This press release is an abstract of Gregory Salzman « Notes …(to be used) », A viewers’ Manuel to the exhibition BETHAN HUWS, University Gallery, University of Massachusetts/Amherst, 2008
Pavel Braila - Want
Yvon Lambert, Paris, is pleased to announce the second exhibition of Pavel Braila, Want. New works ranging from 2007-2008 will be presented.
WANT, red neon tube on black plastic background, 100x80cm
The word WANT, is outlined 10 times in red neon. It will light up in 10 steps from the center to the edge, each step increasing the size of the word and the amplitude of its meaning. At the maximal lighted step though the word becomes impossible to read. FEAR FERVOUR, white and blue neon tube, on black vinyl background 50cmx80cm Fear is written in blue neon, Fervour in white neon. Fear, as word, is indeed longer than fervour. But what about the feelings themselves? Does fervour last longer than fear? one could wonder if fervour comes after fear, and think about those feelings in relationship to reality and dreams. For Pavel Braila, born in 1971 in the USSR, this piece addresses also soci-political issues of the past and present of two generation.
WHITE PROMENADE, video and Plunge, (dv, b/w, sound, 8min)
These two pieces are the continuation of a series of performances that Pavel Braila did sometime ago such as ‘Pionner’, 1997, ‘Recalling events’, 2001, ‘Work, 2002. Back then, he was dealing with basic natural materials (white paper and the landscape, blackboard and white chalk, black soil and white paper) and involving himself in their manipulation. In each of these works he intended to keep the neutrality and ‘naturalness’ of a material and mix it with uncomplicated movement. In all these simplicity, the artist says he’s “trying to raise questions and new sets of associations, which may be quite ambiguous despite the brevity and apparent straightforwardness that is shown.” In White promenade Pavel Braila decided to use an untouched snowed field as a screen for a night projection. On the snowed-screen he projected the trees from around the field where the performance took place. The projection created an open air cinema. Entering in the shaped ‘screen’ he walked in a rectangular path from the edge to the centre, destroying the intact surface and in the same time building a new one, such a construction through deconstruction. Filming it from above I treated the screen as a canvas, and in this way the video becomes a painting that is gradually completing itself by the action in it.
‘THE PLUNGE’ (dv, color, sound, 6min) shows again the process of “building by destroying”. In this piece Pavel Braila used paper, he chose this material because it is one of the oldest medium to spread information and because the artist likes to work with this clean, flexible and noisy material. The ‘Plunge’ also starts from a white ”stage” (screen/canvas) - a point zero, composed of a pile of 105 white sheets of paper, 4x3m each. The action is filmed from above, the performer is lying on the white surface. Action begins as an exploration of an existing surface by ripping, squeezing, and stretching sheet after sheet. The space is being constantly distorted and transformed, the performer never stops, longing to grab another layer, the process of creative destruction keeps going on.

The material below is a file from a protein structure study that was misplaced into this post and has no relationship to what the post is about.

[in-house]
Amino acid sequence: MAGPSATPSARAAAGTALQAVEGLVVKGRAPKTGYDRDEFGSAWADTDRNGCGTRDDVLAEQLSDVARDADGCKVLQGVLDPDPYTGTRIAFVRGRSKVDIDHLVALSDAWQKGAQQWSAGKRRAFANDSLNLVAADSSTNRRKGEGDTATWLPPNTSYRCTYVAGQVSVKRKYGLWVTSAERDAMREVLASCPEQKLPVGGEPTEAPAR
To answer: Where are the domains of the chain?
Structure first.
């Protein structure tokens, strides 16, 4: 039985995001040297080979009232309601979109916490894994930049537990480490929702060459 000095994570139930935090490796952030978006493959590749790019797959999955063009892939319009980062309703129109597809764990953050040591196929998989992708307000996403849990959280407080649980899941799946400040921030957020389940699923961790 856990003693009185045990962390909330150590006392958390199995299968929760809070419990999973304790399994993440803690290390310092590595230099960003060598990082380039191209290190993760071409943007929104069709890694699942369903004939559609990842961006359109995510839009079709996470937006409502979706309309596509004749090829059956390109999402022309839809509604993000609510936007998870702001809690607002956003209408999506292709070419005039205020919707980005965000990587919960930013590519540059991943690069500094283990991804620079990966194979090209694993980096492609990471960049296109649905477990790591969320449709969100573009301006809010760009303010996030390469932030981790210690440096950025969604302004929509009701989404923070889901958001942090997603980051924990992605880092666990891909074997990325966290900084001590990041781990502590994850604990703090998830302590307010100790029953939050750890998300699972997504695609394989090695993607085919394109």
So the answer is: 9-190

The series of paintings “My Father’s Dreams” is related to the hopes of Pavel Braila’s father towards him when he was younger, at different stages of his childhood. “My father had many aspirations but never thought that his son’s career would be related to art. When I became established as an artist, my father somehow acknowledged my choice, but I could still feel the “generation gap” and see his scepticism towards my work. “What kind of artist are you if you cannot paint a portrait?” I decided to commission a professional painter to ‘realize’ some of the dreams my father had for me. What were those dreams? When I was in a cradle? Cosmonaut. When I was a bad pupil in elementary school? Refueler at a petrol station or a watch repairer. While I was still in school, he wanted my sister to play the Violin and me to play the accordion, as our elder cousins were doing. Before I went to university, my father wanted me to study agronomy and to become eventually a Winemaker-Engineer etc. etc.” COSMONAUT
“I was born in Soviet Union in 1971, ten years after Gagarin became the first human being in space and the first to orbit the Earth, it was the beginning of a new era and being a cosmonaut was the most desired profession. I was sleeping in a cradle, my father was a young doctor, the radio was talking about Soviet space program, so my father was dreaming that one day his son will become the first cosmonaut from Moldova“ REFUELLER AT A PETROL STATION / WATCH REPAIRER
“When I was about to finish elementary school, my father had to abandon his highest hopes for me. Once, he told me that he could get me a job in a Petrol Station, “it’s a easy job and doesn’t need specific education” he said. Another option was to become a mechanic in a watch repair shop. At that time in the Soviet Union those jobs were better paid than a doctor. Still after this discussion I decided to do my best and go to University.
Image: Pavel Braila
vernissage, saturday May 24
108 rue vieille du Temple - Paris